Music sets the mood: I’ve been writing fiction again lately, and I have a playlist full of music that helps me get into the right headspace.
On the bus one day recently, I had paused in between thoughts and looked down at my phone. Huh, Spotify added lyrics using Genius. That’s pretty cool. (I’ve appreciated the lyrics feature in Amazon Music.) Sometimes that’s an interesting extra inspiration.
But. In a repetitive bit, or a bridge with no vocals, they’re adding factoids about the band or the song.
And this song? Love Will Tear Us Apart. So all those “facts”? A story about how Ian Curtis’ marriage went wrong and how he killed himself and how this song became a hit after he was dead. All of which is true and fascinating, and if I’d been in the mood to go looking for the history of the song, I’d’ve been moved by the story.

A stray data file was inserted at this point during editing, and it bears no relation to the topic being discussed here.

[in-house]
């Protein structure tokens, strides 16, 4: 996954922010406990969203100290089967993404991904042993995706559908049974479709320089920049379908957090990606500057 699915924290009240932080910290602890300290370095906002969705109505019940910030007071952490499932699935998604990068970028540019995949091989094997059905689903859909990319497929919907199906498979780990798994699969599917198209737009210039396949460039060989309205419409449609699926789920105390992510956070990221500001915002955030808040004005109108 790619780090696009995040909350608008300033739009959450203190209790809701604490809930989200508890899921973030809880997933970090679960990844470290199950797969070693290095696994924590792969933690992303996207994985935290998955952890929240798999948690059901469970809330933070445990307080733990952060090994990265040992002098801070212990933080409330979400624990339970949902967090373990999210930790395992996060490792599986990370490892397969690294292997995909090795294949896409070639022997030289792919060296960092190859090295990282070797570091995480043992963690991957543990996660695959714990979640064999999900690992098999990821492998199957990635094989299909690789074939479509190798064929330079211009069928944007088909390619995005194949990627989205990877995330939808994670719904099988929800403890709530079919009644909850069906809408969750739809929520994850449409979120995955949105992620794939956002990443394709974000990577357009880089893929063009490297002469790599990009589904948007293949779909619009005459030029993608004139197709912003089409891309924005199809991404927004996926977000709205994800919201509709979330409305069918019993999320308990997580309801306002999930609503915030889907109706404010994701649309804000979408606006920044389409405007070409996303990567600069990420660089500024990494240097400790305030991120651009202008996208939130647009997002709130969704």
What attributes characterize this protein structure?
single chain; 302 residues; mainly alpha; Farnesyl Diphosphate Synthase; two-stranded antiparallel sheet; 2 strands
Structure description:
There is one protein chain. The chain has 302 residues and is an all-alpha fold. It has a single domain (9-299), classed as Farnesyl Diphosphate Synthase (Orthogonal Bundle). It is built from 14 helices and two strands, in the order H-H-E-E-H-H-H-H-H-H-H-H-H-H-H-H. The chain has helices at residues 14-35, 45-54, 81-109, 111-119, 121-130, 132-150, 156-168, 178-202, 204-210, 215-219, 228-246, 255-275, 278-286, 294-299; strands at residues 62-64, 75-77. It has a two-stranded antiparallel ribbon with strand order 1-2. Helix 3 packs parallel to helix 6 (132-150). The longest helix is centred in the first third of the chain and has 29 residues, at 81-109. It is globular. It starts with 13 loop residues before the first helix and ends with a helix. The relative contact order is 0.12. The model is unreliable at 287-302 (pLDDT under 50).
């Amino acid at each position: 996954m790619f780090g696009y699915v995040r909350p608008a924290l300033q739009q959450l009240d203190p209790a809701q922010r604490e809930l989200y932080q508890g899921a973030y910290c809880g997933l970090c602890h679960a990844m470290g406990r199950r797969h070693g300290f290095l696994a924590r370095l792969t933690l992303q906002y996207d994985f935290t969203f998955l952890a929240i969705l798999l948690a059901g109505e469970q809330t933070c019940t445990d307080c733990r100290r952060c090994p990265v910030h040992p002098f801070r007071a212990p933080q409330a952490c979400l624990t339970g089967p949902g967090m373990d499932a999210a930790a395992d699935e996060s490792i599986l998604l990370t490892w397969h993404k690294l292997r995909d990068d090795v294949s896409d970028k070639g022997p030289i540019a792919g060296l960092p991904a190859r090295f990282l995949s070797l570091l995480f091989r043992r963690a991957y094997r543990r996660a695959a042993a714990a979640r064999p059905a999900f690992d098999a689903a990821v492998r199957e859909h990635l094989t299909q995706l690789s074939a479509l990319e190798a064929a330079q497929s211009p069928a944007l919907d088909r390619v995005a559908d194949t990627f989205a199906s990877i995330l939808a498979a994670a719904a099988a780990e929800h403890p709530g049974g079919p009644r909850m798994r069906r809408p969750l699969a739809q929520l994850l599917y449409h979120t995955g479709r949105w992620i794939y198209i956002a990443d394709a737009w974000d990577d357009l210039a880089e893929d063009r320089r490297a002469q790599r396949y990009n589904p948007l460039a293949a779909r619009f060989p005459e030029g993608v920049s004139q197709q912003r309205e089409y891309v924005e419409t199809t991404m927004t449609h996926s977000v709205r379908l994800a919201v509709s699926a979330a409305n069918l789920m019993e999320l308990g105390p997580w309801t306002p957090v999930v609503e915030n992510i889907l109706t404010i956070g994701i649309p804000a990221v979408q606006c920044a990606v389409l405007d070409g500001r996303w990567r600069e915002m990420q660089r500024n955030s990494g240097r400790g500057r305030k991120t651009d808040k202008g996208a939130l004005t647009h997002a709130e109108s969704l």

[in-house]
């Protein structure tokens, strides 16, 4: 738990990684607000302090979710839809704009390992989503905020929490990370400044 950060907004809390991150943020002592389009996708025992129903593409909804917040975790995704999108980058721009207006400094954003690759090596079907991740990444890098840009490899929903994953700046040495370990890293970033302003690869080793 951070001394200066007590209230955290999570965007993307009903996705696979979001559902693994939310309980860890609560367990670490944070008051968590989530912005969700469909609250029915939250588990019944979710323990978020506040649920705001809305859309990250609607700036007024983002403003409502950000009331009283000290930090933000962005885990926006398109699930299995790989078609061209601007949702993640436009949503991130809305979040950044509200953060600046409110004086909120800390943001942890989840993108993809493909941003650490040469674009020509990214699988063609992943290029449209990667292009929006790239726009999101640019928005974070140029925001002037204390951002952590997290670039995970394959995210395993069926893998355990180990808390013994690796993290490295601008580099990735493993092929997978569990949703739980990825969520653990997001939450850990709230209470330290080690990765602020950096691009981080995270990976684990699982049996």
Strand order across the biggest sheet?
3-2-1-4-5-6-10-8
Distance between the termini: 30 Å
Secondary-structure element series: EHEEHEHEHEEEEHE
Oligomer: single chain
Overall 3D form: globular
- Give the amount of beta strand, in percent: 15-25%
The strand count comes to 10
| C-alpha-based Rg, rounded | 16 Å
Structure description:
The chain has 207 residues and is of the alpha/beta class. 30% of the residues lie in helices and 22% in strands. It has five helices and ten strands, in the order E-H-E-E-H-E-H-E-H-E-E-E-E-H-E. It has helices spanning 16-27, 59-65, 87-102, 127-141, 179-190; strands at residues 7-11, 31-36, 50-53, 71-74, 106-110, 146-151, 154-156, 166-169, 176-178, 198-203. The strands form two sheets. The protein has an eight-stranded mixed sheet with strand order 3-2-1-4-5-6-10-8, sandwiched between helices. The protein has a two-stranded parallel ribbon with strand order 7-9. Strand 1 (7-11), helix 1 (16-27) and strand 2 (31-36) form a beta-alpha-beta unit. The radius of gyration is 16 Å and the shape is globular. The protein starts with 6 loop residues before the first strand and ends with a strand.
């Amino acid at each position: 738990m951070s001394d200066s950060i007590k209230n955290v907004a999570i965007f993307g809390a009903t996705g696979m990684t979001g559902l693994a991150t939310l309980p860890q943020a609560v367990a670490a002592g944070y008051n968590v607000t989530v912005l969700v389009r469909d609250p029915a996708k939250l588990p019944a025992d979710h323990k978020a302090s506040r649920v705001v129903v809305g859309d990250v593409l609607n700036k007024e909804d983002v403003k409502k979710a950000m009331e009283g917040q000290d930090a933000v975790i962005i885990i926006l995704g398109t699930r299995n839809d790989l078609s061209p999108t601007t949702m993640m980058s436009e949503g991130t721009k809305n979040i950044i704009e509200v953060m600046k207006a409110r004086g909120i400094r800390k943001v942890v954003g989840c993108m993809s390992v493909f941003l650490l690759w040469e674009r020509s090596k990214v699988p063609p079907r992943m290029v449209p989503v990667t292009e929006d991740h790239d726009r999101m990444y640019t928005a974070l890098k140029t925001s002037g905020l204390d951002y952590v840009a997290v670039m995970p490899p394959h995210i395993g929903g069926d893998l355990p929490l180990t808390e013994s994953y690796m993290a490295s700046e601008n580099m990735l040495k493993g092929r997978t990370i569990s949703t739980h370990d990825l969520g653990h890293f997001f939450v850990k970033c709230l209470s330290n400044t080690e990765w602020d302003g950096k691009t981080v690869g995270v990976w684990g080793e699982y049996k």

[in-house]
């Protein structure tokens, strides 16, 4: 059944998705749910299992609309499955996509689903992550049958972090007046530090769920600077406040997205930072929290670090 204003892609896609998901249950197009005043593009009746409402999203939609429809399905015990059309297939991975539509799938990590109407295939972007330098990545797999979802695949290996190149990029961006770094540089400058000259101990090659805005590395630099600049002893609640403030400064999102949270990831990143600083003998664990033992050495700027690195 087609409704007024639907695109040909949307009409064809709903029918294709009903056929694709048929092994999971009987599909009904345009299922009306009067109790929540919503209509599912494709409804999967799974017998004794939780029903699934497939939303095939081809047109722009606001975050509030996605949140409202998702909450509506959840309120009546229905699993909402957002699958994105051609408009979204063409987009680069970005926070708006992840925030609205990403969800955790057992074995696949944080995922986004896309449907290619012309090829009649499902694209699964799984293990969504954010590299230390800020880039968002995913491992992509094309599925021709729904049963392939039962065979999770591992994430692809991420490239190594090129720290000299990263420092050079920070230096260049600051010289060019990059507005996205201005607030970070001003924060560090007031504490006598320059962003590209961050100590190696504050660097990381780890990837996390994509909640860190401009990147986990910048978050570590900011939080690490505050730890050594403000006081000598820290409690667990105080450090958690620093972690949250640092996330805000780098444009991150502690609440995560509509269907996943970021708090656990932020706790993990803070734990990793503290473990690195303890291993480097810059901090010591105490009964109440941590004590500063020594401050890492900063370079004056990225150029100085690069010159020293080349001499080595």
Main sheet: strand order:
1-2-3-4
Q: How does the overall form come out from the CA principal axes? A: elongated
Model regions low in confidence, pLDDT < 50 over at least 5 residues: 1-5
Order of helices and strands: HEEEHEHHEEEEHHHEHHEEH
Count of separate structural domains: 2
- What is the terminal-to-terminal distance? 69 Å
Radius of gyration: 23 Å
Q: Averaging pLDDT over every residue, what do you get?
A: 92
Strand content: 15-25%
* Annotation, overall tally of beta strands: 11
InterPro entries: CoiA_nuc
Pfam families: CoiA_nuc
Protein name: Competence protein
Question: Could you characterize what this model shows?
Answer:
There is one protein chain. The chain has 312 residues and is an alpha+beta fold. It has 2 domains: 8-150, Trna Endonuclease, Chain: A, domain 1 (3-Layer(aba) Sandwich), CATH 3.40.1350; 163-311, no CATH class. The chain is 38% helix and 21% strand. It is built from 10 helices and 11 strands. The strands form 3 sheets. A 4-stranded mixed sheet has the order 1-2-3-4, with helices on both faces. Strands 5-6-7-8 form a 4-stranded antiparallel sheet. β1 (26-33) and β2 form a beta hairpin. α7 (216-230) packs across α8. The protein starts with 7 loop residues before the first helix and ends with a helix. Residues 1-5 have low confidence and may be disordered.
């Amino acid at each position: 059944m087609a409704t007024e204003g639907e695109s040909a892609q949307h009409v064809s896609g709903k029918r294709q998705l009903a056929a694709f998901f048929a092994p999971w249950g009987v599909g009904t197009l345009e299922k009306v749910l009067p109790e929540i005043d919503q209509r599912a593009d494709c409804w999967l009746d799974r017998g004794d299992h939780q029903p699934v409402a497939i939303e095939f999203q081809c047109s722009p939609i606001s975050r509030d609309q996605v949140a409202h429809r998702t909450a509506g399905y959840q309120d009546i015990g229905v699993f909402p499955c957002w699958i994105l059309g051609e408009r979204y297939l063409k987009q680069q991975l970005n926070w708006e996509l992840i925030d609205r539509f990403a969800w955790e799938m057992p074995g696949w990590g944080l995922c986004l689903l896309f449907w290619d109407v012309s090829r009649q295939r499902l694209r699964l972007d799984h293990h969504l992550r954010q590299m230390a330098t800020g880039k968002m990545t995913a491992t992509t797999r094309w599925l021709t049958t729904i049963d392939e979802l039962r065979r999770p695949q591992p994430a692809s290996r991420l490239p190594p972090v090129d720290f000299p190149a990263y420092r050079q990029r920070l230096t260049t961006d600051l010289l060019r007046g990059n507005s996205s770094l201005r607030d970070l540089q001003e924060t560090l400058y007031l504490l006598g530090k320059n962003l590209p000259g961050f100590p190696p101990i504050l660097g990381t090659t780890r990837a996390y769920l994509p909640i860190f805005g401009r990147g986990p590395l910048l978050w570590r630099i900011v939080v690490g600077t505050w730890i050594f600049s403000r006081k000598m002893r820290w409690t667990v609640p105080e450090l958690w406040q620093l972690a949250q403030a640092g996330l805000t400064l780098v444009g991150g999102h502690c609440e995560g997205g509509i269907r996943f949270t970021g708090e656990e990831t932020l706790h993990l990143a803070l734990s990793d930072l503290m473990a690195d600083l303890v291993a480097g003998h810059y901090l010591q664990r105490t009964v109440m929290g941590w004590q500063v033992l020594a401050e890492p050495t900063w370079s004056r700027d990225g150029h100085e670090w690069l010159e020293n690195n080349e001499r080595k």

But I was in the mood for music that has an emotional resonance for reasons that have nothing to do with the tragic end of the singer’s life, and everything to do with characters I want to write and a mood I want to achieve. Which maybe is tangential to the history of the song.
Consider then, when providing extra detail: is there a chance that you are destroying what that person is here for? Are you about to tell a story that could derail someone’s day? Maybe don’t. Or at least make it take a little extra work so you know they want it.
Originally published at The Interconnected.